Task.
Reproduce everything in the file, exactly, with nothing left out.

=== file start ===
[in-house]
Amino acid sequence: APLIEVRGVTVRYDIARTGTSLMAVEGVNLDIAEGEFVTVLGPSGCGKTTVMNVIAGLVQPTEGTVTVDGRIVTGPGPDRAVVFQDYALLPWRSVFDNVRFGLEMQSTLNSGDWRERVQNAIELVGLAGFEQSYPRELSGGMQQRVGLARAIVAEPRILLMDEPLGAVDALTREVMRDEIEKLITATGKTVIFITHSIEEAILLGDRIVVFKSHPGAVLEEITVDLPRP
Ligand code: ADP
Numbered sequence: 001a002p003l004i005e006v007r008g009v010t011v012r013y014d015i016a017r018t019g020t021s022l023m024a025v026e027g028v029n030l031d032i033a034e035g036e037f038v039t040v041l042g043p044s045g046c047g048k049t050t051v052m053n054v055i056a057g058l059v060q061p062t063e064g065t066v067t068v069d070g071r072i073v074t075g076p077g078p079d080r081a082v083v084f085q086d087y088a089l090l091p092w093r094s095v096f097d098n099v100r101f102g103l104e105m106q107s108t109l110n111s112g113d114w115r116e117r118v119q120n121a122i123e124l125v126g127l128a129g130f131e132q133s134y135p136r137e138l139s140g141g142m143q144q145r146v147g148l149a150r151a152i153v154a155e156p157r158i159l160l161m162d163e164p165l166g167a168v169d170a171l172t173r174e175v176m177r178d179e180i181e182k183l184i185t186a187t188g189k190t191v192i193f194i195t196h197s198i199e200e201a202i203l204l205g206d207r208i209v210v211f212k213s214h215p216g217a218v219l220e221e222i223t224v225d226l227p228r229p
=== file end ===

[in-house]
Amino acid sequence: APLIEVRGVTVRYDIARTGTSLMAVEGVNLDIAEGEFVTVLGPSGCGKTTVMNVIAGLVQPTEGTVTVDGRIVTGPGPDRAVVFQDYALLPWRSVFDNVRFGLEMQSTLNSGDWRERVQNAIELVGLAGFEQSYPRELSGGMQQRVGLARAIVAEPRILLMDEPLGAVDALTREVMRDEIEKLITATGKTVIFITHSIEEAILLGDRIVVFKSHPGAVLEEITVDLPRP
Ligand code: ADP
Numbered sequence: 001a002p003l004i005e006v007r008g009v010t011v012r013y014d015i016a017r018t019g020t021s022l023m024a025v026e027g028v029n030l031d032i033a034e035g036e037f038v039t040v041l042g043p044s045g046c047g048k049t050t051v052m053n054v055i056a057g058l059v060q061p062t063e064g065t066v067t068v069d070g071r072i073v074t075g076p077g078p079d080r081a082v083v084f085q086d087y088a089l090l091p092w093r094s095v096f097d098n099v100r101f102g103l104e105m106q107s108t109l110n111s112g113d114w115r116e117r118v119q120n121a122i123e124l125v126g127l128a129g130f131e132q133s134y135p136r137e138l139s140g141g142m143q144q145r146v147g148l149a150r151a152i153v154a155e156p157r158i159l160l161m162d163e164p165l166g167a168v169d170a171l172t173r174e175v176m177r178d179e180i181e182k183l184i185t186a187t188g189k190t191v192i193f194i195t196h197s198i199e200e201a202i203l204l205g206d207r208i209v210v211f212k213s214h215p216g217a218v219l220e221e222i223t224v225d226l227p228r229p